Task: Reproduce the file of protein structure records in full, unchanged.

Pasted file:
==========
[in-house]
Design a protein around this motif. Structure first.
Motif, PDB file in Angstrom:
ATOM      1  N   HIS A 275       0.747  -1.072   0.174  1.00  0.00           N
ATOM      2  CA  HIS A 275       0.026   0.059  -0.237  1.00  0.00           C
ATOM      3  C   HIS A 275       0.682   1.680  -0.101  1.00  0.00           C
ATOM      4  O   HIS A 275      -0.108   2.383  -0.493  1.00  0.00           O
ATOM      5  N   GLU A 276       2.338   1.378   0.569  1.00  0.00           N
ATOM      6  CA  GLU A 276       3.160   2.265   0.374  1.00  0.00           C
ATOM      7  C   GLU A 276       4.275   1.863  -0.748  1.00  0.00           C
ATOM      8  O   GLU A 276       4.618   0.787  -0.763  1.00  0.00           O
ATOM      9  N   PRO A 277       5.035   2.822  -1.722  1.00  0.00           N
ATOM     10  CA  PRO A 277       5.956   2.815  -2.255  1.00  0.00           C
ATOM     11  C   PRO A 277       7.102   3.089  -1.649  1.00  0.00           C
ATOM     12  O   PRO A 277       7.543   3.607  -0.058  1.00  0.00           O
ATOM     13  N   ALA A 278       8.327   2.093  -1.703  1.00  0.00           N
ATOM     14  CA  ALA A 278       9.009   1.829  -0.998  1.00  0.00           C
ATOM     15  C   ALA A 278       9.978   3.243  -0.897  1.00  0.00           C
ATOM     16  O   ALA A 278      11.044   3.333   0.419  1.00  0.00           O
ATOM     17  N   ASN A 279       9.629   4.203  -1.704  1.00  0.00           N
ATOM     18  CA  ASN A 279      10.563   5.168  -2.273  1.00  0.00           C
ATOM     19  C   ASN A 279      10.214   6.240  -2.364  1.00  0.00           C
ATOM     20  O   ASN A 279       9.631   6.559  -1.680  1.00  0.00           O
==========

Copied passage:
[in-house]
Design a protein around this motif. Structure first.
Motif, PDB file in Angstrom:
ATOM      1  N   HIS A 275       0.747  -1.072   0.174  1.00  0.00           N
ATOM      2  CA  HIS A 275       0.026   0.059  -0.237  1.00  0.00           C
ATOM      3  C   HIS A 275       0.682   1.680  -0.101  1.00  0.00           C
ATOM      4  O   HIS A 275      -0.108   2.383  -0.493  1.00  0.00           O
ATOM      5  N   GLU A 276       2.338   1.378   0.569  1.00  0.00           N
ATOM      6  CA  GLU A 276       3.160   2.265   0.374  1.00  0.00           C
ATOM      7  C   GLU A 276       4.275   1.863  -0.748  1.00  0.00           C
ATOM      8  O   GLU A 276       4.618   0.787  -0.763  1.00  0.00           O
ATOM      9  N   PRO A 277       5.035   2.822  -1.722  1.00  0.00           N
ATOM     10  CA  PRO A 277       5.956   2.815  -2.255  1.00  0.00           C
ATOM     11  C   PRO A 277       7.102   3.089  -1.649  1.00  0.00           C
ATOM     12  O   PRO A 277       7.543   3.607  -0.058  1.00  0.00           O
ATOM     13  N   ALA A 278       8.327   2.093  -1.703  1.00  0.00           N
ATOM     14  CA  ALA A 278       9.009   1.829  -0.998  1.00  0.00           C
ATOM     15  C   ALA A 278       9.978   3.243  -0.897  1.00  0.00           C
ATOM     16  O   ALA A 278      11.044   3.333   0.419  1.00  0.00           O
ATOM     17  N   ASN A 279       9.629   4.203  -1.704  1.00  0.00           N
ATOM     18  CA  ASN A 279      10.563   5.168  -2.273  1.00  0.00           C
ATOM     19  C   ASN A 279      10.214   6.240  -2.364  1.00  0.00           C
ATOM     20  O   ASN A 279       9.631   6.559  -1.680  1.00  0.00           O